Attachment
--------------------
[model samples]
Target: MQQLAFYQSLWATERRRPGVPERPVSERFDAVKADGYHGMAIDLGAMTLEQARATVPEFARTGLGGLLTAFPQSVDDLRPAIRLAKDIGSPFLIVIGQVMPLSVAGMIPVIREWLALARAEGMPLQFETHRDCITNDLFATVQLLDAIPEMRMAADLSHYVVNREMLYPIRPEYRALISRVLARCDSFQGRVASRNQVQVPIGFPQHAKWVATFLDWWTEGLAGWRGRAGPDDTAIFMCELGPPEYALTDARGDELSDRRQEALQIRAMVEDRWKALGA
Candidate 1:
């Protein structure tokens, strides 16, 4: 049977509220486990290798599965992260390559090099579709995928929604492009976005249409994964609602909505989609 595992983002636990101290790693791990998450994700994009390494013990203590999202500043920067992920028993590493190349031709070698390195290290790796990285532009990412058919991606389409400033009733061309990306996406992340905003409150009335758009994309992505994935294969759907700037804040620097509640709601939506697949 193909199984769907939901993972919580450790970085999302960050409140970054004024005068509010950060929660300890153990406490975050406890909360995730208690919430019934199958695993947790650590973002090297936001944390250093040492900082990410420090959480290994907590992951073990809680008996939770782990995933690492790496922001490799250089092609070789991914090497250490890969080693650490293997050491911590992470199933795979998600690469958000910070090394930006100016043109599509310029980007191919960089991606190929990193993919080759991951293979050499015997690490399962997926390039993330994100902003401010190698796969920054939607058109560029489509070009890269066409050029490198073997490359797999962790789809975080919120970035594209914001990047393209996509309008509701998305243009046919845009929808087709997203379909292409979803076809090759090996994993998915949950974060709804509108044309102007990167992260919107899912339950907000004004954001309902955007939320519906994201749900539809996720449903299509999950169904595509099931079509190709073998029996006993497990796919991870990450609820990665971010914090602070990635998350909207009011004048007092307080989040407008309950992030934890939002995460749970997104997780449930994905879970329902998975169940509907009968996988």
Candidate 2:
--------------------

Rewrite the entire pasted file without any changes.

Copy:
[model samples]
Target: MQQLAFYQSLWATERRRPGVPERPVSERFDAVKADGYHGMAIDLGAMTLEQARATVPEFARTGLGGLLTAFPQSVDDLRPAIRLAKDIGSPFLIVIGQVMPLSVAGMIPVIREWLALARAEGMPLQFETHRDCITNDLFATVQLLDAIPEMRMAADLSHYVVNREMLYPIRPEYRALISRVLARCDSFQGRVASRNQVQVPIGFPQHAKWVATFLDWWTEGLAGWRGRAGPDDTAIFMCELGPPEYALTDARGDELSDRRQEALQIRAMVEDRWKALGA
Candidate 1:
């Protein structure tokens, strides 16, 4: 049977509220486990290798599965992260390559090099579709995928929604492009976005249409994964609602909505989609 595992983002636990101290790693791990998450994700994009390494013990203590999202500043920067992920028993590493190349031709070698390195290290790796990285532009990412058919991606389409400033009733061309990306996406992340905003409150009335758009994309992505994935294969759907700037804040620097509640709601939506697949 193909199984769907939901993972919580450790970085999302960050409140970054004024005068509010950060929660300890153990406490975050406890909360995730208690919430019934199958695993947790650590973002090297936001944390250093040492900082990410420090959480290994907590992951073990809680008996939770782990995933690492790496922001490799250089092609070789991914090497250490890969080693650490293997050491911590992470199933795979998600690469958000910070090394930006100016043109599509310029980007191919960089991606190929990193993919080759991951293979050499015997690490399962997926390039993330994100902003401010190698796969920054939607058109560029489509070009890269066409050029490198073997490359797999962790789809975080919120970035594209914001990047393209996509309008509701998305243009046919845009929808087709997203379909292409979803076809090759090996994993998915949950974060709804509108044309102007990167992260919107899912339950907000004004954001309902955007939320519906994201749900539809996720449903299509999950169904595509099931079509190709073998029996006993497990796919991870990450609820990665971010914090602070990635998350909207009011004048007092307080989040407008309950992030934890939002995460749970997104997780449930994905879970329902998975169940509907009968996988």
Candidate 2: